You may examine the AD docket on the Internet at http://www.regulations.gov;​ or in person at the Docket Operations office between 9 a.m. and 5 p.m., Monday through Friday, except Federal holidays. The AD docket contains this AD, the regulatory evaluation, any comments received, and other information. The street address for the Docket Operations office (telephone (800) 647-5527) is in the ADDRESSES section. Comments will be available in the AD docket shortly after receipt.

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FOR FURTHER INFORMATION CONTACT:

For transport airplanes: Dan Rodina, Aerospace Engineer, International Branch, ANM-116, Transport Airplane Directorate, FAA, 1601 Lind Avenue, SW., Renton, Washington 98057-3356; telephone (425) 227-2125; fax (425) 227-1149.

For small airplanes: Leslie B. Taylor, Aerospace Engineer, Standards Staff, Small Airplane Directorate, FAA, 901 Locust Street, Room 301, Kansas City, MO 64106; telephone (816) 329-4134; fax (816) 329-4090.

For rotorcraft: DOT/FAA Southwest Region, J.R. Holton, Jr., ASW-112, Aviation Safety Engineer, Rotorcraft Directorate, Safety Management Group, 2601 Meacham Blvd., Fort Worth, TX 76137; telephone (817) 222-4964; fax (817) 222-5961.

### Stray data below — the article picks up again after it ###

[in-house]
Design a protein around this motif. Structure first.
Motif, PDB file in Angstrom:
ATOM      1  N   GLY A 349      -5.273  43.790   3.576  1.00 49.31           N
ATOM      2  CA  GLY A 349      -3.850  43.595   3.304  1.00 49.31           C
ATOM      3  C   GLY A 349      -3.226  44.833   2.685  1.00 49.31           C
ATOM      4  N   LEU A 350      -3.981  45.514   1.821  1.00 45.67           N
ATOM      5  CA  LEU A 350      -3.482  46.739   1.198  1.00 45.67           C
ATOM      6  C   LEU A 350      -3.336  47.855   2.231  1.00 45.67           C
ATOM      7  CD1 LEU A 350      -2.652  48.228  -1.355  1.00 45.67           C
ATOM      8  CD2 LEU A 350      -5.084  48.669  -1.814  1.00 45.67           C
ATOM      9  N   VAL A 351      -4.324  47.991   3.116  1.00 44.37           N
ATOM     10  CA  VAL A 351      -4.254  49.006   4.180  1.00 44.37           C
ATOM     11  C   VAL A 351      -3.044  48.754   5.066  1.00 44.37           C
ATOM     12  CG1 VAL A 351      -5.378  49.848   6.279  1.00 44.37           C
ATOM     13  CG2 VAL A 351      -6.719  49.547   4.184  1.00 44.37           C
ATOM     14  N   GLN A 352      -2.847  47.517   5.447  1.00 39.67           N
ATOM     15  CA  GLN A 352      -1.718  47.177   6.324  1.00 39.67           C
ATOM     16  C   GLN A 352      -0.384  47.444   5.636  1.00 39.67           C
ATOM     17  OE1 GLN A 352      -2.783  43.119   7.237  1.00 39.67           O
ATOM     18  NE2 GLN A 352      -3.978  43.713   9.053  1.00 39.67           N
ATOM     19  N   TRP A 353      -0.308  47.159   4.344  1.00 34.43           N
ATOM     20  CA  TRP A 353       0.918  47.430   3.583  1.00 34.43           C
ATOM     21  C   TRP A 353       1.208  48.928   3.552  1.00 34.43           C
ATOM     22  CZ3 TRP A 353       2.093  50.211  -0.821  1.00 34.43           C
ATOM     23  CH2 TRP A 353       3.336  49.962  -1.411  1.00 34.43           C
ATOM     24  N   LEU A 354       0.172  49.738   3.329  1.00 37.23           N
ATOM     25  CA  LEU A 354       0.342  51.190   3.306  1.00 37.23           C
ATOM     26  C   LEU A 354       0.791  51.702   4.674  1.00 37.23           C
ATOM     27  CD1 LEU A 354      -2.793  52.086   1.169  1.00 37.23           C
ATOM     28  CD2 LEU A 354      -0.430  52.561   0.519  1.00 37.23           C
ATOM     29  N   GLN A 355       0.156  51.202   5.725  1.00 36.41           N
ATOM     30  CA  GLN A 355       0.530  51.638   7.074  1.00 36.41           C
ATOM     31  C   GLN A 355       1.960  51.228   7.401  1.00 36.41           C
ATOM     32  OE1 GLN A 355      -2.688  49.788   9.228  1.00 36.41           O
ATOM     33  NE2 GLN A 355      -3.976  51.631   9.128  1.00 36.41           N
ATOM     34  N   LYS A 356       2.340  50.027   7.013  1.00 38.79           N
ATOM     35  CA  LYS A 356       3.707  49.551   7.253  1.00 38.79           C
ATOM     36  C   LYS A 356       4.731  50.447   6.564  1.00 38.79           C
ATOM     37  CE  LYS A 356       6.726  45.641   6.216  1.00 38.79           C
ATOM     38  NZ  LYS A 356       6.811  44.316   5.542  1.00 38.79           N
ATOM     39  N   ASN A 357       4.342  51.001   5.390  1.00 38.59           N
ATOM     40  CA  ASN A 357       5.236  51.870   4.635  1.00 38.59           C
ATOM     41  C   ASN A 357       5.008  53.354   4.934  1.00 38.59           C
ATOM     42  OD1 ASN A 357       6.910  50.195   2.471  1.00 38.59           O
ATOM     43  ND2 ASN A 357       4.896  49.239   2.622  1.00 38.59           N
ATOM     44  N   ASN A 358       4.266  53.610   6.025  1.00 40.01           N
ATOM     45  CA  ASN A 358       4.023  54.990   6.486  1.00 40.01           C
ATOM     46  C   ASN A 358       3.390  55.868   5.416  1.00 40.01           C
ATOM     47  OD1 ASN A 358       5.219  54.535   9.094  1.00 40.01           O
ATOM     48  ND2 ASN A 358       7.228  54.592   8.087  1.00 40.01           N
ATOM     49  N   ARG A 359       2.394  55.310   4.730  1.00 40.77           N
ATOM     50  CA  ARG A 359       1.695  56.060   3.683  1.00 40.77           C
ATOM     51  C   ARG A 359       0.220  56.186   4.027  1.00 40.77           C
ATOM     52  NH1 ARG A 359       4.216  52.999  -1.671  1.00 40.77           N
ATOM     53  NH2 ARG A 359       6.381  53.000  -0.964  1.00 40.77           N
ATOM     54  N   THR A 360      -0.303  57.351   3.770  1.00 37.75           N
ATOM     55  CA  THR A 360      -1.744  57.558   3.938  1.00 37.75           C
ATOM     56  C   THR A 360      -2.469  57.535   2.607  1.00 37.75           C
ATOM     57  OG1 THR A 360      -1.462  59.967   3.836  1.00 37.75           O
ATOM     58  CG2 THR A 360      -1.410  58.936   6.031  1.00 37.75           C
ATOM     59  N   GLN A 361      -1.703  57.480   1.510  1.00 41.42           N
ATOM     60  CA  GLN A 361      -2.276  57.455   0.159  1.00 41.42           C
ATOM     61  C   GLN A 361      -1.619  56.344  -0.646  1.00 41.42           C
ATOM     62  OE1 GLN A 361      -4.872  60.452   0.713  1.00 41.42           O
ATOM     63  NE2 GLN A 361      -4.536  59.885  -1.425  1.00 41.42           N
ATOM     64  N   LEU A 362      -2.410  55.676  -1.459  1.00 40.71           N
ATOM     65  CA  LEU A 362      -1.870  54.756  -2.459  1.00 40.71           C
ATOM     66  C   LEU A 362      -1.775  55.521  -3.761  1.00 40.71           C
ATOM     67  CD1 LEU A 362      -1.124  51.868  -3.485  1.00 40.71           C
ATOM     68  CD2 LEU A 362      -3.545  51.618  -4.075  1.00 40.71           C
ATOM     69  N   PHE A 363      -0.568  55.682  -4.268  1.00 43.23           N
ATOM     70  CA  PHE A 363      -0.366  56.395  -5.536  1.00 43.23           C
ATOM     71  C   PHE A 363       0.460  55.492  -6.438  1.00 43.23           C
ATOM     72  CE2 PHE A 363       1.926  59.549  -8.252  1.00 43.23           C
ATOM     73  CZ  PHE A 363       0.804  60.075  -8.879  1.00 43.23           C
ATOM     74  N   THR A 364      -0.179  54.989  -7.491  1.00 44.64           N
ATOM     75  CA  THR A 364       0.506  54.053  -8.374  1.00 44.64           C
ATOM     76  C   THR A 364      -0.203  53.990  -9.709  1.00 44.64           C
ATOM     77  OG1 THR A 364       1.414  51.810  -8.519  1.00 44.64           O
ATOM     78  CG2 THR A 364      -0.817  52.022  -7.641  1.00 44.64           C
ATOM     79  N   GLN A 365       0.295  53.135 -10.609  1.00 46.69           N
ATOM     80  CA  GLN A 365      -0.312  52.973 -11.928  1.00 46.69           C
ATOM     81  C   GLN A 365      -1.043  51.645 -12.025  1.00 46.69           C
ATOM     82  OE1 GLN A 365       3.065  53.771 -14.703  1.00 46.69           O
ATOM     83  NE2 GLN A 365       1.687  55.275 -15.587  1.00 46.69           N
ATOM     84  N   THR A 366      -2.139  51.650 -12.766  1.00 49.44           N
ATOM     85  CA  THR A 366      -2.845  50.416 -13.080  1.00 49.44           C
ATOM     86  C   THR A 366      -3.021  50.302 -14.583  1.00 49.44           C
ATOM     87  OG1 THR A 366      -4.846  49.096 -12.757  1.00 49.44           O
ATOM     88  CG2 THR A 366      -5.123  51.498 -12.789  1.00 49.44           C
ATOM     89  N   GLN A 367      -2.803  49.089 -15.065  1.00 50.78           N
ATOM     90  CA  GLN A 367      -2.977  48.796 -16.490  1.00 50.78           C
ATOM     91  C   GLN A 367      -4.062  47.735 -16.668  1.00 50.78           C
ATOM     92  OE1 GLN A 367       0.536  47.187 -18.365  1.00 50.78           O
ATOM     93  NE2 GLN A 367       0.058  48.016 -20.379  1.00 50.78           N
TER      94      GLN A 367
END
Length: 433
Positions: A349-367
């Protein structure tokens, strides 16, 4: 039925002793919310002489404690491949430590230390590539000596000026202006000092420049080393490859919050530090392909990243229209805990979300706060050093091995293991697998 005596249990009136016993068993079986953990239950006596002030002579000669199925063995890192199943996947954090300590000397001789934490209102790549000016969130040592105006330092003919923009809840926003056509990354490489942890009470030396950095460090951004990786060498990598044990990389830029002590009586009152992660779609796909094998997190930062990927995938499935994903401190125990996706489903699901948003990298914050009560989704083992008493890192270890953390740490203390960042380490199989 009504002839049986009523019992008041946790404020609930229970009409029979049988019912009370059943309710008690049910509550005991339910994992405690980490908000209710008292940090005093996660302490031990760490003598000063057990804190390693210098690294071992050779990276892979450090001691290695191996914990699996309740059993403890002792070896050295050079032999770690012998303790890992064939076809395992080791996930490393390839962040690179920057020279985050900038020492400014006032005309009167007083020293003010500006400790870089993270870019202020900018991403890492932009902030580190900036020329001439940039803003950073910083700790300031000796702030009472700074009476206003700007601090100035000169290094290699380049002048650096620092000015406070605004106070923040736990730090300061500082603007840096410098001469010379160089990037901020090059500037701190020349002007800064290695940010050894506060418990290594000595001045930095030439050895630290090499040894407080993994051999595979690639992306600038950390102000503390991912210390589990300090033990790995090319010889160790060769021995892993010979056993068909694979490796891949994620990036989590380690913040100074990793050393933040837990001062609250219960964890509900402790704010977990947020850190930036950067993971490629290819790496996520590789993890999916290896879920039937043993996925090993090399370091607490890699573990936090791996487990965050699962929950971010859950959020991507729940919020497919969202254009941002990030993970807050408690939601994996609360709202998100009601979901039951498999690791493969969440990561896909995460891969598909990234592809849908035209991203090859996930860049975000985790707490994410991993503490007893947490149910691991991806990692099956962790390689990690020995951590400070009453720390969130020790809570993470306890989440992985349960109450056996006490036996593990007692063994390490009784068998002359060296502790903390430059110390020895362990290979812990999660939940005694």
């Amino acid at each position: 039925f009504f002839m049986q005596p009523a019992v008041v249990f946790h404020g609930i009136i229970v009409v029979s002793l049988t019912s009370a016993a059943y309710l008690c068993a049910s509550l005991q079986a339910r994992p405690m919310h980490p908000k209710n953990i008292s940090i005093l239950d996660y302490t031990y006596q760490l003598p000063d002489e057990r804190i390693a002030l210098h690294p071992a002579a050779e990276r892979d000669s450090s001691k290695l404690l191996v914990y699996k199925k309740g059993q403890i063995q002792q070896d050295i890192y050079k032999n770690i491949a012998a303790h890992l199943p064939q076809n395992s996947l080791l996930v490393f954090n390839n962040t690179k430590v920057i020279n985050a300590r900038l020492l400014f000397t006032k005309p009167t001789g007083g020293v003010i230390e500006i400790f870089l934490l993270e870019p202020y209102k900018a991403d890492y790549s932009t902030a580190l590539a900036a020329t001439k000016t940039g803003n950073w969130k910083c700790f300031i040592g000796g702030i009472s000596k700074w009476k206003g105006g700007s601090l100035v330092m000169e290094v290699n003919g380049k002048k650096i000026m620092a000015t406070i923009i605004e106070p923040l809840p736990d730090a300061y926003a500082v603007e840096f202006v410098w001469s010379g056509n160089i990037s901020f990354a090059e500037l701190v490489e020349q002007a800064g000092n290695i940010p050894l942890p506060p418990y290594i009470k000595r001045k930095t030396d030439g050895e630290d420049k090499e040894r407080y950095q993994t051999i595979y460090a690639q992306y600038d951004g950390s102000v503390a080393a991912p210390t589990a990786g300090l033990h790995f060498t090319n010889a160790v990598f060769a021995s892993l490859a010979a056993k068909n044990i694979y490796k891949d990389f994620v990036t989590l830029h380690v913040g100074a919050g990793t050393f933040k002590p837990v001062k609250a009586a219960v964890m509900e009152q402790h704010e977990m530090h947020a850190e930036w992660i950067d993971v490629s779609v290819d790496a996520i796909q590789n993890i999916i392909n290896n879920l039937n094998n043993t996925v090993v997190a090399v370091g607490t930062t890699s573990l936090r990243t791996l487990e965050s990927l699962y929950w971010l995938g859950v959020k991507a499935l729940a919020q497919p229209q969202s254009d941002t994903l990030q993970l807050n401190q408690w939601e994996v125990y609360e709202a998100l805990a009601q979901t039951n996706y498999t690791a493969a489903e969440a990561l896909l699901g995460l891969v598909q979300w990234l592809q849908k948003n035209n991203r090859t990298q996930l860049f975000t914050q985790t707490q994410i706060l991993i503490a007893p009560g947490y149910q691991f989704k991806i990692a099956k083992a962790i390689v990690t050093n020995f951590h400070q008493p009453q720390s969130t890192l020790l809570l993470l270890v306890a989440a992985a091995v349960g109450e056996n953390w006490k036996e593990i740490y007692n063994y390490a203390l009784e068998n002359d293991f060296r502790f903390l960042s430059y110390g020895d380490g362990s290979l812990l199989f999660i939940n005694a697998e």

End Further Info End Preamble Start Supplemental Information

SUPPLEMENTARY INFORMATION:

Discussion

The European Aviation Safety Agency (EASA), which is the Technical Agent for the Member States of the European Community, has issued Airworthiness Directive 2009-0278, dated December 22, 2009, (referred to after this as “the MCAI”), to correct an unsafe condition for the specified products. The MCAI states:

The Civil Aviation Authority of the United Kingdom (UK) has informed EASA that significant quantities of Halon 1211 gas, determined to be outside the required specification, have been supplied to the aviation industry for use in fire extinguishing equipment. Halon 1211 (BCF) is used in portable fire extinguishers, usually fitted or stowed in aircraft passenger cabins and flight decks.

EASA published Safety Information Bulletin (SIB) 2009-39 on 23 October 2009 to make the aviation community aware of this safety concern.

The results of the ongoing investigation have now established that LyonTech Engineering Ltd, a UK-based company, has supplied further consignments of Halon 1211 (BCF) to SICLI that do not meet the required specification. This Halon 1211 has subsequently been used to fill P/N [part number] 1708337B4 portable fire extinguishers that are now likely to be installed in or carried on board aircraft.